Wreckage is an exploration of grief and at its heart contains a beautiful queer love story.

Writer Tom Ratcliffe stars as Sam, who’s in a relationship with Noel (Michael Walters), a man slightly older than him. Wreckage begins with a message on a screen, that reads ’20 minutes before’. What then plays out in front of us is a snapshot into the relationship between the two men. Sam has a minor meltdown to manipulate Noel into making a journey for him, which Noel willing agrees to. It then becomes clear that a car crash occurs, in which Noel does not survive. This scene plays out multiple times for us, symbolising Sam rerunning the scenario in his head and hoping for a different outcome.

The plot of Wreckage is played out in non-chronological order, we’re shown the beginning of their relationship all the way through to years after Noel’s death, when Sam has met Christian, his future husband. The play’s pacing is very good and means you are on the edge of your seat throughout; scenes are short and snappy and hook you until the very end.

For the most part the storyline is easy to follow. However, I did feel that when Walters took on the role of Christian there were not enough differences between this character and Noel to distinguish the two. And due to Noel still appearing, as Sam could see and hear him, it made it difficult to know which character he was portraying at times. Subtle changes in accent, voice or costume would help the audience to differentiate between the two.

The lighting design by Rachel Sampley and sound design by Mwen worked incredibly well together and are effective in creating a tense atmosphere when the play called for it.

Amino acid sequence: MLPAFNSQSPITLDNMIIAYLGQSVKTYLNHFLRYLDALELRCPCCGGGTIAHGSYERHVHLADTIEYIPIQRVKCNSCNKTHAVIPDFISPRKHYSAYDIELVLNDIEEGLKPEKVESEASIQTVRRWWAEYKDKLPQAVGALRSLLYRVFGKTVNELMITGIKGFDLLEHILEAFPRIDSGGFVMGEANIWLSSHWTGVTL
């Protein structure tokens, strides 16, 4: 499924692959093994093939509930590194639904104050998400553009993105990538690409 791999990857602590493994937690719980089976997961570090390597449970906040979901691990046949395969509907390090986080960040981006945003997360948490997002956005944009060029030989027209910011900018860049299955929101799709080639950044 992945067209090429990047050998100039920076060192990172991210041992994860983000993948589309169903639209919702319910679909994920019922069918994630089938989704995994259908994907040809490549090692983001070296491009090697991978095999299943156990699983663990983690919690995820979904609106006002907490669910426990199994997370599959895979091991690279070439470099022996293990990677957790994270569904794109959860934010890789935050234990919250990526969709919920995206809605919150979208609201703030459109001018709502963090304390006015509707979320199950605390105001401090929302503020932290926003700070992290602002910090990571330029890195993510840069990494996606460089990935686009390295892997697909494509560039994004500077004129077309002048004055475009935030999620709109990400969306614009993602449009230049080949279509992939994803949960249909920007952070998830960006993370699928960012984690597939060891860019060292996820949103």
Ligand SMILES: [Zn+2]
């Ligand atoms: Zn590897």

Ratcliffe and Walters both give stunning performances. The chemistry between Walters and Ratcliffe is electric, allowing what feels like a genuine relationship to play out in front of you. Ratcliffe in particular does an outstanding job at portraying the emotional turmoil of losing a loved one. The emotion within the performance was palpable and ensured no member of the audience would be left with a dry eye.

Wreckage is an exquisite play that highlights the struggles of having to continue with your life when someone you hold dear passes away. It’s filled with raw emotion and one of the most honest explorations of grief I’ve witnessed. It’s a beautiful story that will leave you an emotional wreck (sorry for that pun).

Rating: 4 out of 5.

{🎟 AD – PR invite – Tickets were gifted in exchange for an honest review}

2 Star Review 3 Star Review 4 Star Review 5 Star Review 2022 2023 Adaptation Almeida Cabaret Camden Fringe Cast Announcement Christmas Comedy Dance Drag Edinburgh Fringe Edinburgh Fringe Interviews Fringe Immersive Interviews Jukebox Musical LGBTQIA+ Lyric Hammersmith Manchester Musical New Musical News New Wimbledon Theatre North West Off West End Park Theatre Play Review Revival Richmond Theatre Round Up Royal Court Theatre Shakespeare Show Announcement Show Recommendations Soho Theatre Southwark Playhouse Touring Production VAULT Festival West End